2 In Herb Garden

Surprising St. John’s Wort Uses

a photo of the St. John's Wort plant

These surprising St. John’s Wort uses may make it an indispensable herb for your home herb garden. Many have heard of using St. John’s Wort for depression and anxiety, but there are other uses, too.

St. John's Wort flower

St. John’s Wort – An Old Herb Plant with Many Uses

St. John’s Wort (Hypericum perforatum) is one of those “old” herbs that comes up in many herbal texts from years ago. The name itself gives you a clue of its use in antiquity. It’s named after the dates around which it blooms. In olden times, people marked the calendar by Catholic church feast days and saint days. St. John’s Day is June 24.  St. John’s Wort blooms prolifically around this time of year in most temperate climates.

My own St. John’s Wort plant began blooming very early this year, in May, but I’m pleased to say it’s kept blooming and today had new flowers and buds. Both the flowers and buds are used medicinally. Some herbalists prefer to use the buds and claim there are more of the active healing constituents in the buds. I use both when making St. John’s Wort oil and tinctures for my home herbal apothecary.

Growing St. John’s Wort Plants

St. John’s Wort plants are surprisingly easy to grow. I purchased seeds from Strictly Medicinal seeds and started them indoors. I transplanted the seedlings to the garden in early summer and watered them well for the first year. The plants are perennials and will return year after year. I had enough flowers and buds in the second year for the many St. John’s Wort uses I intend to try!

Surprising St. John’s Wort Uses

As I mentioned, St. John’s Wort received plenty of press about its use as a dietary supplement to treat depression and anxiety. Some find it works wonders but I have also spoken with two people for whom the supplements didn’t work. As with all herbal supplements, the potency of the tincture or pills matters, as does the interaction in the individual person and with other supplements. And of course, do not take St. John’s Wort if you are already taking medication without speaking with your doctor or pharmacist.

Studies indicate that St. John’s Wort can be used for depression, but what are these surprising St. John’s Wort uses I keep hinting at? Here are four that you probably didn’t know about!

 

1. Anti-Inflammatory Properties of St. John’s Wort

It is said that St. John’s Wort’s anti-inflammatory properties have been known for over 2,000 years. St. John’s Wort oil, made from an infusion of flowers and buds in a carrier oil, rubbed onto minor cuts, burns, or skin irritations helps heal them.

You can make your own St. John’s Wort oil easily if you have access to fresh flowers and buds. Snip them early in the day, let them wilt a bit, then add them to a carrier oil such as high-quality olive oil. Gentle, constant heat, such as immersing the jar in water in a Crock Pot on low or placing it in the sun, infuses the constituents into the oil. The oil turns a lovely ruby red color when it is done.

St. John's Wort oil

2. Relief from PMS

St. John’s Wort also works to alleviate many common PMS symptoms, especially the moodiness that can affect many women. Studies conducted in the U.K. demonstrate that women taking 900 milligrams of St. John’s Wort in supplement form experienced relief from mild PMS symptoms.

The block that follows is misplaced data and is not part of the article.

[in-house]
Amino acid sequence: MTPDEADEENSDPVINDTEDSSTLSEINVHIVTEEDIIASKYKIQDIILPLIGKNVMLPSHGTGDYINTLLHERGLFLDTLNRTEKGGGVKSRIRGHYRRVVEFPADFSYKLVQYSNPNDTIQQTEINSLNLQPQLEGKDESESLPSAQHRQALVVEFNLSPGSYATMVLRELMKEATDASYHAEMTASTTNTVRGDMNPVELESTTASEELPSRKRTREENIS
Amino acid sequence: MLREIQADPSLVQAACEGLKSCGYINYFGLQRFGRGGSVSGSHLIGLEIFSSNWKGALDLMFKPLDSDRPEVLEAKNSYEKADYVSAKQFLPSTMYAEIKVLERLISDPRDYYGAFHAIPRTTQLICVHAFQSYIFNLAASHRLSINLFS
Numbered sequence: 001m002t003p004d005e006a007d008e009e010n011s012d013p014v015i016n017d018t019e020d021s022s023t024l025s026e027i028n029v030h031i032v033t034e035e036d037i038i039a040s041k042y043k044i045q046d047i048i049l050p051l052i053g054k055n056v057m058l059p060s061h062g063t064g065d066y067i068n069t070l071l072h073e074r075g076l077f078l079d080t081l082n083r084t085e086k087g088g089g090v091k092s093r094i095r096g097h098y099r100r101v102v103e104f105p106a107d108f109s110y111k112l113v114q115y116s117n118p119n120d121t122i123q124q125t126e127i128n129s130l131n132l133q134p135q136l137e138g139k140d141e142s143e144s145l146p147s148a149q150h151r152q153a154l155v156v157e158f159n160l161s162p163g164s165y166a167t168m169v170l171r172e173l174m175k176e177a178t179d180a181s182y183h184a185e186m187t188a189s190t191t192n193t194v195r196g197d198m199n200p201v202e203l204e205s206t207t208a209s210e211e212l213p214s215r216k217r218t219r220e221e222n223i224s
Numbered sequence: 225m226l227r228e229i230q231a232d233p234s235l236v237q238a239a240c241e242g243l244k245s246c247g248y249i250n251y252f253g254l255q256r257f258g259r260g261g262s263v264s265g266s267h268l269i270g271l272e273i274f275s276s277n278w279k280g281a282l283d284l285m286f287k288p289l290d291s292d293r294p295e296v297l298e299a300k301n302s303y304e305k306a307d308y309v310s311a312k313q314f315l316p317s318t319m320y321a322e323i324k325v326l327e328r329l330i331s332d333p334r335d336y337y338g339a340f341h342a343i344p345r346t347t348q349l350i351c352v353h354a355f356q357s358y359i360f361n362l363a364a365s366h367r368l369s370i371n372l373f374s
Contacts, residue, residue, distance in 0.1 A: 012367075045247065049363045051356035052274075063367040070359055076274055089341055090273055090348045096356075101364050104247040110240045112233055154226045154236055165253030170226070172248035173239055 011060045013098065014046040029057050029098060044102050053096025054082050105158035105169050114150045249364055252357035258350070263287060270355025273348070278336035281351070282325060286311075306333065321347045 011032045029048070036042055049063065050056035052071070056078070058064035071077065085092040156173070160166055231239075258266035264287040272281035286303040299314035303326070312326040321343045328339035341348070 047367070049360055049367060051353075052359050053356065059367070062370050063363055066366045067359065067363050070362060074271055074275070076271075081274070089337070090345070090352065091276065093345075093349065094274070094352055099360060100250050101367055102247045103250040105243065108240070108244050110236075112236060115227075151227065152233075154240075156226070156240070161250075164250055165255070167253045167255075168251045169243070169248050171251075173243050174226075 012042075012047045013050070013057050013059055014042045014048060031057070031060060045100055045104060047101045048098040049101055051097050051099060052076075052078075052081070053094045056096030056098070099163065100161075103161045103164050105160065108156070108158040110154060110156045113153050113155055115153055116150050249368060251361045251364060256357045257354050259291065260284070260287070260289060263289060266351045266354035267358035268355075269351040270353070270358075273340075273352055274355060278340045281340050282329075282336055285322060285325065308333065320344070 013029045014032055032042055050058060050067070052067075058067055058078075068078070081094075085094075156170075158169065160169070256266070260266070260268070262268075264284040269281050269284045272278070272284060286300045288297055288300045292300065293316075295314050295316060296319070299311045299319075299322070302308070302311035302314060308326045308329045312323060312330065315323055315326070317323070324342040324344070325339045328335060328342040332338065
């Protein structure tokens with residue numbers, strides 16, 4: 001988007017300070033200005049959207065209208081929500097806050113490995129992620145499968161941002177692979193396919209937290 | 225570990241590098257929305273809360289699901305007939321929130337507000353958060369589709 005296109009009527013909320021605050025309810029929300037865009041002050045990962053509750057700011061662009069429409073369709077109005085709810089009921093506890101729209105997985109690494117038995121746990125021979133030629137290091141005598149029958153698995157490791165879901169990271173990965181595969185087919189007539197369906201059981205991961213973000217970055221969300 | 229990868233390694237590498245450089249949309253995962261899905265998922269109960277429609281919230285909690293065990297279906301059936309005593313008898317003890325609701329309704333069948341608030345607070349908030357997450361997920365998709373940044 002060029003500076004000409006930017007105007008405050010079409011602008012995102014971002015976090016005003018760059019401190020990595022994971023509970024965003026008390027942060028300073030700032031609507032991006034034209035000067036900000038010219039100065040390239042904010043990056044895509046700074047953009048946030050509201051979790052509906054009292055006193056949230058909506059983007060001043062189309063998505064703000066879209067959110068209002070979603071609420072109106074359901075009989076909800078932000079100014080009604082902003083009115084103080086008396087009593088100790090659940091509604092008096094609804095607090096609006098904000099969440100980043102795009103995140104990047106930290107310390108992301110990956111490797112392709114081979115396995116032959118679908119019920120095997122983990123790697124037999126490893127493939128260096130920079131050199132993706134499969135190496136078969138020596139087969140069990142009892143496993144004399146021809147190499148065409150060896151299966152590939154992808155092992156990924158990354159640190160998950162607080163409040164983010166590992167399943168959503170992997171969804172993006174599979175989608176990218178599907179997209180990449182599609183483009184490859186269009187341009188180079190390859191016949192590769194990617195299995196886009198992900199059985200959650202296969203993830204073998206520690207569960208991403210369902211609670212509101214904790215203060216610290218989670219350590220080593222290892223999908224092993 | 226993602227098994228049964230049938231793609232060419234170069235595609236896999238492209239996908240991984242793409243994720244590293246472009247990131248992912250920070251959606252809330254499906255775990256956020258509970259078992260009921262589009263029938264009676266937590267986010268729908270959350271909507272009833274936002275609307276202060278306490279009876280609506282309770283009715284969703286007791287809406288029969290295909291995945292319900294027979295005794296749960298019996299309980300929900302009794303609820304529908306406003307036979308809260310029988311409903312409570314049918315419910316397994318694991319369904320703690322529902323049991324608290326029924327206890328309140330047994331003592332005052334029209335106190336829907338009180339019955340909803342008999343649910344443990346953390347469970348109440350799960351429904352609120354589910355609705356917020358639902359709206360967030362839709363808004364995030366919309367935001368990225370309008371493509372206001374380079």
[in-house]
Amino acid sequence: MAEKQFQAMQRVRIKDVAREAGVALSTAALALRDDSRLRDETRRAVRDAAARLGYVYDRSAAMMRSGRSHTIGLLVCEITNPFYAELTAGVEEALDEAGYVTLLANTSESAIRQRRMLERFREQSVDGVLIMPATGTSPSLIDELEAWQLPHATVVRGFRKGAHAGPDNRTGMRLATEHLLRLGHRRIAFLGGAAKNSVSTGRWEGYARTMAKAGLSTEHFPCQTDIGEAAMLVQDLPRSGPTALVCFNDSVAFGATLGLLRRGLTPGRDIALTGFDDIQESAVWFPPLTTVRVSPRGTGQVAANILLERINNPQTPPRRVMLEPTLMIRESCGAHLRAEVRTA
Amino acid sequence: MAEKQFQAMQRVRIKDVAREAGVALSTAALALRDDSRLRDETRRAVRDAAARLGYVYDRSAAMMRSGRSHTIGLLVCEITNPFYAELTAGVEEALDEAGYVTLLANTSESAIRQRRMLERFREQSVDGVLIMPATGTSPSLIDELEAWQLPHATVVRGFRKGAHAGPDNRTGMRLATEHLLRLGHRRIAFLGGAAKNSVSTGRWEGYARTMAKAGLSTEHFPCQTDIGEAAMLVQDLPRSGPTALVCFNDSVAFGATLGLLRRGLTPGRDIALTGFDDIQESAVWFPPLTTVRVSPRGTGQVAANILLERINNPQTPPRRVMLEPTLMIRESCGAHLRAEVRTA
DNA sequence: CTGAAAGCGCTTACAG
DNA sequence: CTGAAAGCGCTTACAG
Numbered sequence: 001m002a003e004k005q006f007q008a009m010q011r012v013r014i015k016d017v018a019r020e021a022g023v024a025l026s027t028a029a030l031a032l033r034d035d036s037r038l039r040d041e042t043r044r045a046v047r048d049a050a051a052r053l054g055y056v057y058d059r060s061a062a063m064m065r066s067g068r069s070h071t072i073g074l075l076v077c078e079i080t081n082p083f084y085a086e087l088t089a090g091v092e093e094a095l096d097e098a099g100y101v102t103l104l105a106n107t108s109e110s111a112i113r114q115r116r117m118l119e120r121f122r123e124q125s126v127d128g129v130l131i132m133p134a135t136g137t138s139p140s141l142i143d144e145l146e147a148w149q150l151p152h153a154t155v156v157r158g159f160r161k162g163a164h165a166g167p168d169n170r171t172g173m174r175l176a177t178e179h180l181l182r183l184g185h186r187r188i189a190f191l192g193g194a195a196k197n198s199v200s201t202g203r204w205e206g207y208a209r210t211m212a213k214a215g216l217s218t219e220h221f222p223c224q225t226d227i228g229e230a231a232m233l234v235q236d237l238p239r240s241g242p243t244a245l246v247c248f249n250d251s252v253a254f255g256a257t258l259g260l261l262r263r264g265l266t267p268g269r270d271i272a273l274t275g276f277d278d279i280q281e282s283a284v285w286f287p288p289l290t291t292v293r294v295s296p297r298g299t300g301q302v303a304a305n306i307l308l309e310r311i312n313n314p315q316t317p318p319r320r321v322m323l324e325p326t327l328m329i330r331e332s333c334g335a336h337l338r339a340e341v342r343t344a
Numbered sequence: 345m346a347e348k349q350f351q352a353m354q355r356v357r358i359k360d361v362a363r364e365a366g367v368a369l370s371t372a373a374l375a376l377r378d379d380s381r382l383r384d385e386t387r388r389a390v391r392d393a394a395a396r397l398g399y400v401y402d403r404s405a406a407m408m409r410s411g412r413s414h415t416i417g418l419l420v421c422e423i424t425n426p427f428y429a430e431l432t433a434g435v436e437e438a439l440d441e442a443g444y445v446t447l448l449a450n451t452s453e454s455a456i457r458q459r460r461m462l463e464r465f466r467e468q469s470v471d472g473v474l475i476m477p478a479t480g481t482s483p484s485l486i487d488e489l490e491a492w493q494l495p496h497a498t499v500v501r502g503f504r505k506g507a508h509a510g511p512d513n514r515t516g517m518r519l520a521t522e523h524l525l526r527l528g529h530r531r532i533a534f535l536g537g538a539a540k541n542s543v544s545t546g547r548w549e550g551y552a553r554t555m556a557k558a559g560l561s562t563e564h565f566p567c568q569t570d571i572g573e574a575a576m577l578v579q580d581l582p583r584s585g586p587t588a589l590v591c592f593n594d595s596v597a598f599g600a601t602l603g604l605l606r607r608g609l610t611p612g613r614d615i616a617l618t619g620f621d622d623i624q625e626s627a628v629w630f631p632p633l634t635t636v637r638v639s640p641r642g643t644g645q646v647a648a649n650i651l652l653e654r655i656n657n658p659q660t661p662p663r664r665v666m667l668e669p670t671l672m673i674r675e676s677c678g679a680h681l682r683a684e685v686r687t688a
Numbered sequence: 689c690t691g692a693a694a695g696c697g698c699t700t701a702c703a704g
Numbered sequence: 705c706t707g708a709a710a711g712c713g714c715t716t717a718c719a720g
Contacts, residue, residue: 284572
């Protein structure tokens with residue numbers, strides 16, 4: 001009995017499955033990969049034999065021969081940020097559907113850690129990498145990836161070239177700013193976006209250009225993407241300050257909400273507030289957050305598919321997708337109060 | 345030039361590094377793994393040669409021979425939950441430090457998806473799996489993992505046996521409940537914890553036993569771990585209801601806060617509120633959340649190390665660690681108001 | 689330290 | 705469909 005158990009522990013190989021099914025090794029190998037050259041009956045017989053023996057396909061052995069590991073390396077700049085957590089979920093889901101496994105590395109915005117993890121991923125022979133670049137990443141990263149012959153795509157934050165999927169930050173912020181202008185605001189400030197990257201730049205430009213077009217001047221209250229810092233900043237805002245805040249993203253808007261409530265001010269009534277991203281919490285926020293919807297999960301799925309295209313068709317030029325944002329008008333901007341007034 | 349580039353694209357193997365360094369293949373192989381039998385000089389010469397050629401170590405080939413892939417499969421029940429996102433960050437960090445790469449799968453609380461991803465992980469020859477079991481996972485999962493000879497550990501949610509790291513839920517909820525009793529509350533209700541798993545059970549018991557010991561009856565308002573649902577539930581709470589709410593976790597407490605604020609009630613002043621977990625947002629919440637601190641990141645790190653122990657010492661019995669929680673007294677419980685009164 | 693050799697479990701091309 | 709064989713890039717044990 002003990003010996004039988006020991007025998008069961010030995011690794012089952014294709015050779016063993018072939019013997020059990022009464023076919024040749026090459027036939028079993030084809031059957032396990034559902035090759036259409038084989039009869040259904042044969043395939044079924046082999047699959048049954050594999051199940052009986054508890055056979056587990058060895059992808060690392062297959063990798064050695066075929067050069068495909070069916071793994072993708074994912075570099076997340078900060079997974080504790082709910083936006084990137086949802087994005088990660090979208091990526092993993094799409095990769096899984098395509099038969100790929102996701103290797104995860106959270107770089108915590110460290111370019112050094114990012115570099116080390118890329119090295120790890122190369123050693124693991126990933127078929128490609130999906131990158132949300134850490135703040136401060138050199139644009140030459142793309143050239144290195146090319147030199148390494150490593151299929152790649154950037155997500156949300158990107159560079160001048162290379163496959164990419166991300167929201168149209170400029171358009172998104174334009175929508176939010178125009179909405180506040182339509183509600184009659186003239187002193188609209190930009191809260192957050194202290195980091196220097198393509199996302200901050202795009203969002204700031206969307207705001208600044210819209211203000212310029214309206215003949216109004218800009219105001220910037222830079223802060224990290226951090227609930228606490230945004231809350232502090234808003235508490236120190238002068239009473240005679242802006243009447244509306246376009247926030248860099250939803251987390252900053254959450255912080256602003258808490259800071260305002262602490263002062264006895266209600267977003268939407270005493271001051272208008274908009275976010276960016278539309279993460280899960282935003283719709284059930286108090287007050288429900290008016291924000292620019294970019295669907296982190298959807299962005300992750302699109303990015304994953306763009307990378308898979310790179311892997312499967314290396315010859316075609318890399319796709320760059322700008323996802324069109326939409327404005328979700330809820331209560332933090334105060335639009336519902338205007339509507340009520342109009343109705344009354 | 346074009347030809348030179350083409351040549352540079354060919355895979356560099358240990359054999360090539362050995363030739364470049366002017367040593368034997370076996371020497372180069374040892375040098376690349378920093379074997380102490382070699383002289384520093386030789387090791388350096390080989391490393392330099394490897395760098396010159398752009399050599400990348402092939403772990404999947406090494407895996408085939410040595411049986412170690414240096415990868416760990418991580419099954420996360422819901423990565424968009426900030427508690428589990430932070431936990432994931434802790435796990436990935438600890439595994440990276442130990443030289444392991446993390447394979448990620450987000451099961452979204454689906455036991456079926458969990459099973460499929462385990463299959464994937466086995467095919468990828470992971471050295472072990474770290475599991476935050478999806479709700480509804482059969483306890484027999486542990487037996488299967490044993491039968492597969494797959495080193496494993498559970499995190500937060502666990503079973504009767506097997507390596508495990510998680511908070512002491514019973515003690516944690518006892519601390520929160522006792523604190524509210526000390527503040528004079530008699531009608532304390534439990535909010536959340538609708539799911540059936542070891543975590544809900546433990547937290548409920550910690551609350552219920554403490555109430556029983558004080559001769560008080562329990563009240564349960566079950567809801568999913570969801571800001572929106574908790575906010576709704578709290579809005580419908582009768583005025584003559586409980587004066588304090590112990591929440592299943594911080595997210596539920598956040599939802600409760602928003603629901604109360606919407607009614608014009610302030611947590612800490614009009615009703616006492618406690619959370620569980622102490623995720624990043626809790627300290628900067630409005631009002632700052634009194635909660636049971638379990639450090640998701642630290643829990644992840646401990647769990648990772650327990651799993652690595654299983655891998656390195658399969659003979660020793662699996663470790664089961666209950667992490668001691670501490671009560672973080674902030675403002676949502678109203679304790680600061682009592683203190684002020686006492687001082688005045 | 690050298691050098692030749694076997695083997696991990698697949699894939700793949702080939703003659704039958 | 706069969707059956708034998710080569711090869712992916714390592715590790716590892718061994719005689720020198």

3. Menopause Symptom Relief

The effects on hormones aren’t relegated to just PMS relief. St. John’s Wort can also help many common menopausal symptoms, too. Women ages 43-65 took 900-milligram supplements of St. John’s Wort. Approximately 76% reported an improvement in mood and sexual function.

4. Possible Anti-Cancer Uses

Extracts of Hypericum contain hyperforin, a bio-active compound of St. John’s Wort. A study published in the International Journal of Cancer showed that hyperforin inhibits angiogenesis in vitro in bovine aortic endothelial cells and in vivo in the chorioallantoic membrane assay. In plain language, this means that in laboratory studies on cow cells, an extract of St. John’s Wort’s active constituent inhibited cell division. Cancer is a disease of rampant cell division. Further studies are needed of course before any definitive conclusions can be reached, but it’s a good start at providing another of the surprising St. John’s Wort uses!

picture of St. John's wort plant

Beyond St. John’s Wort Uses and Benefits – a Lovely Garden Perennial Herb

Beyond all the headlines of St. John’s Wort uses and possible benefits, it’s a beautiful plant with pretty flowers that makes an attractive garden herb. Grow it for its cheerful yellow flowers or for its ability to attract and sustain bees and other pollinators. Grow it for its healing properties and make your own herbal oils. Whatever you do, grow it, for St. John’s Wort is both a beautiful and useful herb.

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  • Ray
    July 4, 2019 at 10:00 pm

    I have not had too much luck with St. Johns Wort – about 50% dies off every winter. Maybe a new location will work better.
    -Ray

    • Jeanne
      July 5, 2019 at 7:08 am

      Thanks for leaving a note, Ray. I’ve found that once it’s established, St. John’s Wort seems to thrive on neglect. Moving it might be a good idea.Have a great day, Jeanne